Re: Generic Markup

Alan Karben writes in <>:
>Some interesting questions are: Will a desire to take full advantage of css
>lead more publishers to adopt SGML authoring systems? Once they have them,
>will end-to-end Generic Markup Solutions convince them to send out the 
>Stuff as well, instead of just diluting and dumbing down?
>Not if all both approaches offer are just two different ways to make
>documents look pretty. Those who author content using tags and attributes
>that add intelligence to their documents will probably never hit a
>formatting brick wall with a style sheet language built around 'one
>attribute SGML':
>        <div class="FrontSection">
>                <div class="EconomyPage">
>                        <div class="Summary">
>                                <p>Greenspan announced ...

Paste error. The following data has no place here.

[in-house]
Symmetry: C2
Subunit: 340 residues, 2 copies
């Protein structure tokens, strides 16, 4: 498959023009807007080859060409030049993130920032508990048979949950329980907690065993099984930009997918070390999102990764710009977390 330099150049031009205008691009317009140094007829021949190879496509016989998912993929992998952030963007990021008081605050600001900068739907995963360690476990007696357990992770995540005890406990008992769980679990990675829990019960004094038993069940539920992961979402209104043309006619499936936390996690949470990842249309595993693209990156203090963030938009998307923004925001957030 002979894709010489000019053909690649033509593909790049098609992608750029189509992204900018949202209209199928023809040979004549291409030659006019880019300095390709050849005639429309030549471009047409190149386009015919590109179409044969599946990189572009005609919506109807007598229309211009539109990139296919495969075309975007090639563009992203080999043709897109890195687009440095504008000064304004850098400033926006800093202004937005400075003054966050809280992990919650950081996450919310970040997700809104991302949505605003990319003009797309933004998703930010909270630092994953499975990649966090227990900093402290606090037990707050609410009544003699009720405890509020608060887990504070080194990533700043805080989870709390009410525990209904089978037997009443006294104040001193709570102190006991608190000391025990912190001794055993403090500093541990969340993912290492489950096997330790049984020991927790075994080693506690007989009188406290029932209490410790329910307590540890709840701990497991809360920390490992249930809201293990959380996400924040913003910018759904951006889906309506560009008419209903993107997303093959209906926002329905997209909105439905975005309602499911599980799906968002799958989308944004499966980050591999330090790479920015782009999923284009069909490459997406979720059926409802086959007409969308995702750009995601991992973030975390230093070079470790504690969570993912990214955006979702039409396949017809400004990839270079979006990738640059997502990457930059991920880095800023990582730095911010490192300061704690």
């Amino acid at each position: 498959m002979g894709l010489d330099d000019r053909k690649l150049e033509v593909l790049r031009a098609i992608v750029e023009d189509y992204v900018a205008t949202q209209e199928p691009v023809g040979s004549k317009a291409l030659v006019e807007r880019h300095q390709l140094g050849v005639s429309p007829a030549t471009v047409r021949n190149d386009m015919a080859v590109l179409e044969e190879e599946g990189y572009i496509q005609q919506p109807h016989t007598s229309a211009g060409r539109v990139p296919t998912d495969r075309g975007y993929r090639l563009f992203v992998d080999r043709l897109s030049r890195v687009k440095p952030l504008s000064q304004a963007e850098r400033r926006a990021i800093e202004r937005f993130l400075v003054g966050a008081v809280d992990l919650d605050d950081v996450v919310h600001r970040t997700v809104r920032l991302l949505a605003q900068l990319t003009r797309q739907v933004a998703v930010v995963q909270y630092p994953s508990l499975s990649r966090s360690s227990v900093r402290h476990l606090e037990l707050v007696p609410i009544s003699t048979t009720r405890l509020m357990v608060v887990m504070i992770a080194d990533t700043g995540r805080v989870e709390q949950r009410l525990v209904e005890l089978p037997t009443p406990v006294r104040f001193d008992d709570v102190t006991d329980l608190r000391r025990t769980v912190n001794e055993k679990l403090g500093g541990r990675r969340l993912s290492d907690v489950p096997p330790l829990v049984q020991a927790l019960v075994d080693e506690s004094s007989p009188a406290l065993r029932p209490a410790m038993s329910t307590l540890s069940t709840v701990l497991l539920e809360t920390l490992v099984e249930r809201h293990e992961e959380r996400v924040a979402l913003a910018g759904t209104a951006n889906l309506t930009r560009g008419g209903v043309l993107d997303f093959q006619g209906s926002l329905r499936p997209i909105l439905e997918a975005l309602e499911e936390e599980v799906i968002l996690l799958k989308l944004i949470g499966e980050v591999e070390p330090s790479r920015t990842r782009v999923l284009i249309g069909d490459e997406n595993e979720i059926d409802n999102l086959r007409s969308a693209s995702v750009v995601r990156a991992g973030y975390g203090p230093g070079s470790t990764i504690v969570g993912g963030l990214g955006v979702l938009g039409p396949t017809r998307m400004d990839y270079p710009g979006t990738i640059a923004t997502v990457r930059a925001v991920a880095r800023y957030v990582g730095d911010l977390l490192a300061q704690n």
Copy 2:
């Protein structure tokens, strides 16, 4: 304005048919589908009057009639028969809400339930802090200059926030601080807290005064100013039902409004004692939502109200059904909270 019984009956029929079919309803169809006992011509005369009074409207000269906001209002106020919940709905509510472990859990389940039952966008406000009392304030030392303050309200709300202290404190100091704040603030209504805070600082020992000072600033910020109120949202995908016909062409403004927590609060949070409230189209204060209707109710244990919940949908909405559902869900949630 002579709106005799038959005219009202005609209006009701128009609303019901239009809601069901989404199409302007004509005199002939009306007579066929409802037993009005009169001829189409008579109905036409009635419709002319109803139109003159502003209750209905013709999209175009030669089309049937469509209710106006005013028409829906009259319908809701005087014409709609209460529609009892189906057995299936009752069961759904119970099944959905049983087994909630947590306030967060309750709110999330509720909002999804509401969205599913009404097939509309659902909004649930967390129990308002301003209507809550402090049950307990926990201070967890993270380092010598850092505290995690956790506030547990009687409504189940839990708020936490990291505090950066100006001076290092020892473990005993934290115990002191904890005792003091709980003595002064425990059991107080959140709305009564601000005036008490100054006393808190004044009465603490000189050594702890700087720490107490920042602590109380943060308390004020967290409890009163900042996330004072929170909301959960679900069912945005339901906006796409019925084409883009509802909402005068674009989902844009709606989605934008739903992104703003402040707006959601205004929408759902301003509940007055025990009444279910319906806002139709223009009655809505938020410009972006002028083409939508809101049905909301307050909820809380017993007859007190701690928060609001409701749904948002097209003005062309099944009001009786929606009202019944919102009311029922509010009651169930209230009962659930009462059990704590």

>Generic Markup Solutions for browsers won't be useful if the competition
>centers around just how content looks. Generic Markup's strengths lie in 
>readers -- and not just authors -- could make that content act.

Most Web users already use automatic processing of HTML -- that is what 
powers AltaVista, HotBot, etc.  Since Generic Markup Solutions (like SGML) 
enable easier and more comprehensive automatic processing, IMHO I expect 
SGML (or a lite subset) to eventually take over from HTML -- the advantages 
are just too great.  There is just too much information out there to _not_ 
be processing it automatically.
Mark Leighton Fisher                   Thomson Consumer Electronics                   Indianapolis, IN

Received on Thursday, 15 August 1996 20:51:39 UTC